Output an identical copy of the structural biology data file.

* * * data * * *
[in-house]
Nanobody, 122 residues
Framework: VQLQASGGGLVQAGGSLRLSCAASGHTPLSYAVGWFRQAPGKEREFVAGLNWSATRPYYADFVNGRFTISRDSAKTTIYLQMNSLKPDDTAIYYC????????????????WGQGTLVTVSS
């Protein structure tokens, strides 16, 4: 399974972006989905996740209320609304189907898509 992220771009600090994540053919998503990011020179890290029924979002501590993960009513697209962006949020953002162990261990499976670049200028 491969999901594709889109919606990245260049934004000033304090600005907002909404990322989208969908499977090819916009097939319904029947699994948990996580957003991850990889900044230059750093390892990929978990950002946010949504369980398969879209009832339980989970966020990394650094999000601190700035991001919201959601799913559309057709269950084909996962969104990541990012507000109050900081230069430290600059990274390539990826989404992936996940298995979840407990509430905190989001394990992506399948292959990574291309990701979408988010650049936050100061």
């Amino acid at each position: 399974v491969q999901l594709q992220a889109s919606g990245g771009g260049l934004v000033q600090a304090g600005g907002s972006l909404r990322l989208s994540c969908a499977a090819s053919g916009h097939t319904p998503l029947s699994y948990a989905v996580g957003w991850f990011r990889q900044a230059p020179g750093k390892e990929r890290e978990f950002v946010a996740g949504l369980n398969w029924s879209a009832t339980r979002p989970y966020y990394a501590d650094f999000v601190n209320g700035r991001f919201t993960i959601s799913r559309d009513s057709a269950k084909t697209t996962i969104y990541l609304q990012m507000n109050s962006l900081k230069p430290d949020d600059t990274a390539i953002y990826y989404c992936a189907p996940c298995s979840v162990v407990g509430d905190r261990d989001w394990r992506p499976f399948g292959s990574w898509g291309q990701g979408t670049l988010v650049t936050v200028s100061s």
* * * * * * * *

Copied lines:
[in-house]
Nanobody, 122 residues
Framework: VQLQASGGGLVQAGGSLRLSCAASGHTPLSYAVGWFRQAPGKEREFVAGLNWSATRPYYADFVNGRFTISRDSAKTTIYLQMNSLKPDDTAIYYC????????????????WGQGTLVTVSS
């Protein structure tokens, strides 16, 4: 399974972006989905996740209320609304189907898509 992220771009600090994540053919998503990011020179890290029924979002501590993960009513697209962006949020953002162990261990499976670049200028 491969999901594709889109919606990245260049934004000033304090600005907002909404990322989208969908499977090819916009097939319904029947699994948990996580957003991850990889900044230059750093390892990929978990950002946010949504369980398969879209009832339980989970966020990394650094999000601190700035991001919201959601799913559309057709269950084909996962969104990541990012507000109050900081230069430290600059990274390539990826989404992936996940298995979840407990509430905190989001394990992506399948292959990574291309990701979408988010650049936050100061």
């Amino acid at each position: 399974v491969q999901l594709q992220a889109s919606g990245g771009g260049l934004v000033q600090a304090g600005g907002s972006l909404r990322l989208s994540c969908a499977a090819s053919g916009h097939t319904p998503l029947s699994y948990a989905v996580g957003w991850f990011r990889q900044a230059p020179g750093k390892e990929r890290e978990f950002v946010a996740g949504l369980n398969w029924s879209a009832t339980r979002p989970y966020y990394a501590d650094f999000v601190n209320g700035r991001f919201t993960i959601s799913r559309d009513s057709a269950k084909t697209t996962i969104y990541l609304q990012m507000n109050s962006l900081k230069p430290d949020d600059t990274a390539i953002y990826y989404c992936a189907p996940c298995s979840v162990v407990g509430d905190r261990d989001w394990r992506p499976f399948g292959s990574w898509g291309q990701g979408t670049l988010v650049t936050v200028s100061s």